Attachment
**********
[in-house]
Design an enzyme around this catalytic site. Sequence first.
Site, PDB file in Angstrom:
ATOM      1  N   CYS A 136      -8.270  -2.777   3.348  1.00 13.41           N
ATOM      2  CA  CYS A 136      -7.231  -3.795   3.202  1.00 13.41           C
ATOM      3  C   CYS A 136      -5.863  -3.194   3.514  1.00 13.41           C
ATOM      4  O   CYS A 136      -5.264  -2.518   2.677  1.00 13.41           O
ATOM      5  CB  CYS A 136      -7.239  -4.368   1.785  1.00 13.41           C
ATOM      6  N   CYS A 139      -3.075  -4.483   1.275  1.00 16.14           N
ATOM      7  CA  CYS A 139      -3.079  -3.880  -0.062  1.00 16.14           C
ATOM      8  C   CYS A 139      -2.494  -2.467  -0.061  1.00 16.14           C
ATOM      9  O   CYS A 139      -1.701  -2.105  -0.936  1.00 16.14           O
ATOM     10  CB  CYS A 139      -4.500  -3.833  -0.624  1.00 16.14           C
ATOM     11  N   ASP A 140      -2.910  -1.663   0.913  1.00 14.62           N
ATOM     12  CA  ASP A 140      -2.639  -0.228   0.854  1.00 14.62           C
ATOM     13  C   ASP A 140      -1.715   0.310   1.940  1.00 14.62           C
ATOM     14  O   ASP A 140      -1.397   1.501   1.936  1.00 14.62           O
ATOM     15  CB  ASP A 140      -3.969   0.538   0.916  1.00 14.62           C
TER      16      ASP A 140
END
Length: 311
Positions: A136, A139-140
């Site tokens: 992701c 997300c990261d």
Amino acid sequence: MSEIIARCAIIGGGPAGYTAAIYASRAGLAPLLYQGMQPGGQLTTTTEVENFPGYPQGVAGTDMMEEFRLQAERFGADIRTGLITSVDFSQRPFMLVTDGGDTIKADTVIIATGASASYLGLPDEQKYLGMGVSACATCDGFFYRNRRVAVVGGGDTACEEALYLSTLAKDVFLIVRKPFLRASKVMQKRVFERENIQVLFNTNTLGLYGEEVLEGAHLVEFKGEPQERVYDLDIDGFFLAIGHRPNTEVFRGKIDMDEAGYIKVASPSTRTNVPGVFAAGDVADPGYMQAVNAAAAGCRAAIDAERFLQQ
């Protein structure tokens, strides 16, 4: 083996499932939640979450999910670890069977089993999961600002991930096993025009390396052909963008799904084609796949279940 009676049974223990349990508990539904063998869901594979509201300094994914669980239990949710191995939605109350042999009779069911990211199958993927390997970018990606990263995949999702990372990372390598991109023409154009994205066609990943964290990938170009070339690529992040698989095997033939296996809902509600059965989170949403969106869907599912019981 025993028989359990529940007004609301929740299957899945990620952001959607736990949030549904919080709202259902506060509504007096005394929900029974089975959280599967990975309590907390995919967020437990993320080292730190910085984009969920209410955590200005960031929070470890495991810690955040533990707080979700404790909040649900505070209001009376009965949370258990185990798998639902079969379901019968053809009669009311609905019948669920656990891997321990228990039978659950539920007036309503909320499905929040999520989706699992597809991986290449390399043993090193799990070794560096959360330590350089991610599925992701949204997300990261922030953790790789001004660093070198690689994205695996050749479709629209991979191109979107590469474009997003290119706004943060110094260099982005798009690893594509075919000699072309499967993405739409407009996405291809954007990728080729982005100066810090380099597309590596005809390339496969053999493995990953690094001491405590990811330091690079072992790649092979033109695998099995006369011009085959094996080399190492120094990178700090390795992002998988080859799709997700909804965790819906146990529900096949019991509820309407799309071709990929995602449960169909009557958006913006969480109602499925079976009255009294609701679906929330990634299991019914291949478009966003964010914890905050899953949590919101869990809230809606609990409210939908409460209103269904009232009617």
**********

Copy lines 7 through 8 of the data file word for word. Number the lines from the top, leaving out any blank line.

ATOM      4  O   CYS A 136      -5.264  -2.518   2.677  1.00 13.41           O
ATOM      5  CB  CYS A 136      -7.239  -4.368   1.785  1.00 13.41           C